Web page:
Almost half of those reported killed and injured in Nepal’s recent earthquake are children. The 6.4 earthquake that struck remote parts of western Nepal on 3 November has claimed 153 lives and injured more than 338 people so far, according to local authorities.
The earthquake took place while people were sleeping at night, triggering a high number of casualties. An estimated 200,000 people, including over 80,000 children are affected in Jajarkot and Rukum West, the two most affected districts. In addition, a 5.8 magnitude aftershock occurred in Jajarkot District yesterday. With continued aftershocks in the affected areas, children and families are living in constant fear.
Most homes have been damaged, along with schools, health centres and other infrastructure. The latest disaster is the largest earthquake in Nepal since two earthquakes in 2015 took the lives of nearly 9,000 people, a third of whom were children.
“Tragically, and yet again, so many lives have been lost in this devastating earthquake. Children are disproportionately affected and are forced to spend the nights out in the cold. These children and their families are in desperate need of medical support, shelter, safe drinking water, food, blankets, and warm clothes as the winter sets in,” said Alice Akunga, UNICEF Representative to Nepal. “UNICEF is doing everything possible, but we urgently need more help to respond to the needs of children and women in health, nutrition, education, protection, and water, sanitation and hygiene.”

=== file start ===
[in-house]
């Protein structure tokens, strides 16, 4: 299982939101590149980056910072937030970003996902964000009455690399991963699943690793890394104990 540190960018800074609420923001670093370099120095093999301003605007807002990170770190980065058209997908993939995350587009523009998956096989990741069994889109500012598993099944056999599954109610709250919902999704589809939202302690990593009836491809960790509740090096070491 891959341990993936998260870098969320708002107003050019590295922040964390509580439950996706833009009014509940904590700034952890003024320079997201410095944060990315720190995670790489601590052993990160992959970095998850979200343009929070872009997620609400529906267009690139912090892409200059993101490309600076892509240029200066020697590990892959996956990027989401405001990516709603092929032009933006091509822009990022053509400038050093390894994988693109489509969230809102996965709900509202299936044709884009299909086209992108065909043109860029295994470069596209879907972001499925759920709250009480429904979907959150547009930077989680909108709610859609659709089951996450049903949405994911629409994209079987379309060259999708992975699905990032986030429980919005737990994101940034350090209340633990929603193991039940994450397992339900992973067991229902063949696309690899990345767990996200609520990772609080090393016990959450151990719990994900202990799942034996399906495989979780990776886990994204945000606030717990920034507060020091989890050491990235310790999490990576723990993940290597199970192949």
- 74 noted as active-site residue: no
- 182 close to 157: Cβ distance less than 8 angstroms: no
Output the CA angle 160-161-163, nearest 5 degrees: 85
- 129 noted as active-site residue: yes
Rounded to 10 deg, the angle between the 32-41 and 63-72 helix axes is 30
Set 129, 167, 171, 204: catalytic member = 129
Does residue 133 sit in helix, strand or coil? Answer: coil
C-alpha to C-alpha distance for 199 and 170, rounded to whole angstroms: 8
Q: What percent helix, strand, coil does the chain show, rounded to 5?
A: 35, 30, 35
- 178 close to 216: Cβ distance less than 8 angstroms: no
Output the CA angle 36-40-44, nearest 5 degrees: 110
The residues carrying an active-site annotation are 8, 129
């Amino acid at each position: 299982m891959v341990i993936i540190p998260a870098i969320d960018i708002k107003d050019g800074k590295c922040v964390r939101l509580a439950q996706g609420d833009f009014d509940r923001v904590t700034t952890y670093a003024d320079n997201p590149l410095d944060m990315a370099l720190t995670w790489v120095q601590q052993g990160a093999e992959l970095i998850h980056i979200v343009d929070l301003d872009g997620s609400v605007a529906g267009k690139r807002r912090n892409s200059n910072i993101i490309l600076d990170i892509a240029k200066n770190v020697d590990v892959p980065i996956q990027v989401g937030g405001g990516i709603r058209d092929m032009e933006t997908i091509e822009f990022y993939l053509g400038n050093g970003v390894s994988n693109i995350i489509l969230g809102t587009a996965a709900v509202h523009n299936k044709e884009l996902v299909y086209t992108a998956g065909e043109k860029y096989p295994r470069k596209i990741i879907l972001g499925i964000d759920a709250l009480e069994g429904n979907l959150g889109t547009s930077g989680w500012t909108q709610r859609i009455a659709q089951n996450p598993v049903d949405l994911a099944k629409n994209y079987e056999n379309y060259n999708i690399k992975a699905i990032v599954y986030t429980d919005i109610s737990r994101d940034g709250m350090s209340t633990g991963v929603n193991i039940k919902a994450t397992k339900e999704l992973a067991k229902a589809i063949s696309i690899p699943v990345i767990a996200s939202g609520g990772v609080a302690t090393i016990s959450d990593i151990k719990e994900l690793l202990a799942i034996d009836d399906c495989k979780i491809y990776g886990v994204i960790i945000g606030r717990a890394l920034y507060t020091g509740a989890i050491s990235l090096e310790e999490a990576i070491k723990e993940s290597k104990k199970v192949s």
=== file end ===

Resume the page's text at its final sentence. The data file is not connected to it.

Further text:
UNICEF is working with authorities and partners to respond to the urgent needs of affected children and families. Within two days of the earthquake, UNICEF has distributed emergency supplies to 2,000 families in Jajarkot’s Bheri and Nalgad municipalities, including hygiene kits, buckets, mugs and water purifiers, as well as tarpaulins and blankets. Further, two medical tents have been set up in Nalgad municipality for resumption of health services.
Additional supplies, including 667 sets of WASH supplies have reached Rukum West while 3,000 tarpaulins and blankets, as well as two medical tents have been dispatched to the affected areas.
The earthquake happened in one of the areas with high poverty levels in Nepal, further making the families even more vulnerable. The damage to school buildings is likely to impact the learning of thousands of children. Health centres have also been severely hit, which has slowed down critical health checkups, vaccinations and treatment for newborns, pregnant women and young children.